In his paper ‘Two kinds of New historicism of philosophers.’ Hackings explicitly recommends that the historic version of an interpretive approach is the best. He is of the opinion that it is necessary to retain the historical record of philosophical problems in the Anglo-American philosophy and the philosophical problems that he wants publicized are to do with moral philosophy. Hackings main works particularly focus on child abuse and he specifically says, ‘People do many of the same vile things to children, for sure, that they did a century ago. But we’ve been almost unwittingly changing the very definitions of abuse and revising our values and moral codes accordingly. (p 253)

Transition into interpretive business ethics: Now that I have told you about Hackings standpoint with regards to the interpretive approach, I will go on to enlighten you about the use of interpretive approach in commercial or business ethics.

Walzer states that the non-philosophers are permitted to engage critically in the interpretive approach with the ethics of business and any other field. According to the arguments of Beauchamp and Bowie ‘many people go through life with an understanding of morality largely given to them by their culture’ (p 3). One basic assumption of the interpretive theory is that the morality of a person is passed on to them through their culture. Beauchamp and Bowie further refer specifically to particular norms within the business industry which can be regarded as mutual comprehension within the business practice. According to Sorell and Hendry, consumers in the United States expected more from the business enterprises as compared to those consumers in the UK. Consumers in the United States are more ethical and therefore harbor the desire to be associated with businesses that are ethical -because this is an aspect of their culture. A business that was not socially and environmentally responsible would eventually lose out in competition in terms of both employees and customers (p 30). Such a culture is likely to influence businesses to become more ethical.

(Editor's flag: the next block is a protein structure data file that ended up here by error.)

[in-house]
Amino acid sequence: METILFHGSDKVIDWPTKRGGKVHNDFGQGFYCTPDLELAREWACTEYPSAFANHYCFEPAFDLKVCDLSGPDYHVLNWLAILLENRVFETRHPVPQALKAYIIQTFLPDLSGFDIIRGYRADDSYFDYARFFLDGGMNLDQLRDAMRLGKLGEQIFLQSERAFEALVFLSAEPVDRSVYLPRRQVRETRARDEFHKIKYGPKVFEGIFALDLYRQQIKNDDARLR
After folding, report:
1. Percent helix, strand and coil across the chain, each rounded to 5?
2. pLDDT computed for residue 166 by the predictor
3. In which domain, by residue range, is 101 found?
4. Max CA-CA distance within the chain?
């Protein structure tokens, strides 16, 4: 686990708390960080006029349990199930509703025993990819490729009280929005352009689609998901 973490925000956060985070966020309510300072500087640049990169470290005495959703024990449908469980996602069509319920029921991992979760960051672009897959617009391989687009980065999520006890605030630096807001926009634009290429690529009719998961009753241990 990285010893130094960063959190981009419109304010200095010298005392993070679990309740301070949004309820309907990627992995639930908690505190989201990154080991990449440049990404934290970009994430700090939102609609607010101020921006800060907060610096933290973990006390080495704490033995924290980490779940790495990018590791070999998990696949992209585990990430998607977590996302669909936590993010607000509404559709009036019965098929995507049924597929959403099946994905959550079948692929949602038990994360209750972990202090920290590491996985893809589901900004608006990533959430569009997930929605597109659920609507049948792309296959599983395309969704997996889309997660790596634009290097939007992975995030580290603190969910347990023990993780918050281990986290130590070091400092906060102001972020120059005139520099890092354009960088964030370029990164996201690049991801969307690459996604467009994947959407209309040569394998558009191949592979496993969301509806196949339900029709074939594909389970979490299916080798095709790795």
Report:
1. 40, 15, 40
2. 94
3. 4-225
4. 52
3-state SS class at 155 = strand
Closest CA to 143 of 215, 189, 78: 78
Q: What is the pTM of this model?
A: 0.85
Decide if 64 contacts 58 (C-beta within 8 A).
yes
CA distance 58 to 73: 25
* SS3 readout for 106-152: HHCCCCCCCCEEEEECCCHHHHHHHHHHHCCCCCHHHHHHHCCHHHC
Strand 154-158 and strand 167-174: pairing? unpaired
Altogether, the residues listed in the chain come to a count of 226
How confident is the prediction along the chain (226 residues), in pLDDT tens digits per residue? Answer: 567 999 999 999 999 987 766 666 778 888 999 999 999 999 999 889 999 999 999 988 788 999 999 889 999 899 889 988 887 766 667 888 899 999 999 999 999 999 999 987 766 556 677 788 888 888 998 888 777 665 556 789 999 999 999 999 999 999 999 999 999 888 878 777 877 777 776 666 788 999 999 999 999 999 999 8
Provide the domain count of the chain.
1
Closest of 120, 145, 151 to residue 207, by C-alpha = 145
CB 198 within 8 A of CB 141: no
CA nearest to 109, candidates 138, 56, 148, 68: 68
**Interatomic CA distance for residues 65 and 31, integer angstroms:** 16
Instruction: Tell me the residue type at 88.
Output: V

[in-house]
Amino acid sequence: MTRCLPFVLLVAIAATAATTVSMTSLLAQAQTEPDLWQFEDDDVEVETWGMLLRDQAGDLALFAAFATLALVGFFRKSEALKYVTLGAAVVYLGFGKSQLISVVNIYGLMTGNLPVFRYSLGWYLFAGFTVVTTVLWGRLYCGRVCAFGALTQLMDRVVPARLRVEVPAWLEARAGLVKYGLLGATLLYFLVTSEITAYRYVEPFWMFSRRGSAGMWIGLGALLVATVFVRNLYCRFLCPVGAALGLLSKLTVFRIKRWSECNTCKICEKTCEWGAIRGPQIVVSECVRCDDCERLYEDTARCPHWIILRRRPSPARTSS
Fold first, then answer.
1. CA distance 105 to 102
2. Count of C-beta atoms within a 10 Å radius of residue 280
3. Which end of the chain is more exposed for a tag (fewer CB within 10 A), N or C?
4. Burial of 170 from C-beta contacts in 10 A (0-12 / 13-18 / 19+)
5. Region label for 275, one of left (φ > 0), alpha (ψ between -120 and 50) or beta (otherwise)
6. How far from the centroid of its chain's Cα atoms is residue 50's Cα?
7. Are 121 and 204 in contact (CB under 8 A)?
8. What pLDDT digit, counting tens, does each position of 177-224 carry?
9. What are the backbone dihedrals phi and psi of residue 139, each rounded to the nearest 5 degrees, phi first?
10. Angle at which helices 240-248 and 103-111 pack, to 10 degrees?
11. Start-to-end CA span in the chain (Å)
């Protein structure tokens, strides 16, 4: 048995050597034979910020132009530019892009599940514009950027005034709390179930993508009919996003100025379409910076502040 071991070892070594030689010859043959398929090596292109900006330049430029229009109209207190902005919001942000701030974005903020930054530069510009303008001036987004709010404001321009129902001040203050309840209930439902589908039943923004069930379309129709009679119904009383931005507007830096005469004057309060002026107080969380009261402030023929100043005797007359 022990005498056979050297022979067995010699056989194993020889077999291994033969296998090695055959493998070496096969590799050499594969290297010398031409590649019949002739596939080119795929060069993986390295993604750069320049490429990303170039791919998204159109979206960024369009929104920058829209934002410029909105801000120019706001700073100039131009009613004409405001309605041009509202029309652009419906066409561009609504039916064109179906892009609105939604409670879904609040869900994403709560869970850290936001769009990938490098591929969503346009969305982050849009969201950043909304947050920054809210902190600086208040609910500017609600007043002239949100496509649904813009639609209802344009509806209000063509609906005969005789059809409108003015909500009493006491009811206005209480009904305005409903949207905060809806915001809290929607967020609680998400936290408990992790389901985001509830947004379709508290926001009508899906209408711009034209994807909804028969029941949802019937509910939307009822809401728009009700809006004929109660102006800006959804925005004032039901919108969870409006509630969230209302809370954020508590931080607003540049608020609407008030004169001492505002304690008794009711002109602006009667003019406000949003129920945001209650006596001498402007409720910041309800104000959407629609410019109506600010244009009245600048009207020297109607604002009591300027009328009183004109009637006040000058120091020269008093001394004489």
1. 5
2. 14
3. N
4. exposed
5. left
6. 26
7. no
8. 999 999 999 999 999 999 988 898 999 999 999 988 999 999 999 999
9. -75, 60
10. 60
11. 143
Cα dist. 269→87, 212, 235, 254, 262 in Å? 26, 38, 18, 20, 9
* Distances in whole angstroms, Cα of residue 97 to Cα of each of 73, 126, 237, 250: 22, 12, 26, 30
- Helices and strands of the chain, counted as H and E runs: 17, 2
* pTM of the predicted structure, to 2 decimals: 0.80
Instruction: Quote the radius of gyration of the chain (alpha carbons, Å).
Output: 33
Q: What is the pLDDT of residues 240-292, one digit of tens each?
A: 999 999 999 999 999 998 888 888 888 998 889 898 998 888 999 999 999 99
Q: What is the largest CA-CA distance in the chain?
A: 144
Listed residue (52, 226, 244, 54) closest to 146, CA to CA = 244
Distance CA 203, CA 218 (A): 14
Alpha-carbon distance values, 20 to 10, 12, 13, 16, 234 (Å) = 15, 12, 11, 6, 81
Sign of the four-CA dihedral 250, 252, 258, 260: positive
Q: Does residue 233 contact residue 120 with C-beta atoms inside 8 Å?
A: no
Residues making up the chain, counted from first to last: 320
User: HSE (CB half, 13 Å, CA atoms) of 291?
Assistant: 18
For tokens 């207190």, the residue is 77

Transitioning To Application of Interpretive Method to Ethical Investment

From viewpoints of the above theorists’, one of the most important means of applying the interpretive approach is to assume that every reasoning takes place within the context of some conventional mode of thought. Therefore, when constituted by a continuous argument, the living tradition then is a historically extension, which may constitute the social embodiment of institutions – a university, firm, or a hospital- hence can be regarded as the bearer of a tradition of practice or practices, its common life will be part of the goods which are components of that tradition (MacIntyre 206-207).

Transition to a conclusion: Now that I have informed you concerning the diverse perspectives of the interpretive approach, I will briefly review what I have taught you.


While ethical investments may be a community in a narrow sense, ethical investments are made up from a tradition of practice (Maclntyre p 206). In concluding my account of Walzer’s theory, Walzer urges us to be attentive to the historical and social processes through which shared meanings and mutual understandings occur. I hereby recommend that sufficient attention be paid to the detailed social situations and historical nature of the shared comprehension of communities. Visibility and viability of ethical investment are enhanced or made richer when different entities come together as a community in pursuit of shared ethical preferences.

Lasting thought: If the community is to hold a mutual understanding and share ethical goals then all the entities have to work towards a particular goal and decide for themselves what is just and what is not taking into account that I have also explained that a single rule/law cannot be applied to all contexts.

Works Cited

Beauchamp, T. and Bowie, N. Ethical Theory and Business. Englewood Cliffs, NJ:                       Prentice Hall, 1983.Print

Hacking, I. The Making and Molding of Child Abuse. Critical Inquiry, 1991. Print

MacIntyre, A. After Virtue. (2nd Edition). London: Duckworth, 1984. Print.

Rawl, J. A theory of Justice. Cambridge: Belknap Press, 1999. print

Sorell, T. and Hendry, J. Business Ethics. London: Butterworth Heinemann, 1994. Print

Walzer, M. Spheres of Justice: A Defence of Pluralism and Equality. New York: Basic Books.       1983. Print.

Walzer, M. Interpretation and Social Criticsm. Cambridge, Mass.: Harvard University Press,         1987. Print

Williams, B. Ethics and the Limits of Philosophy. London: Fontana, 1985. Print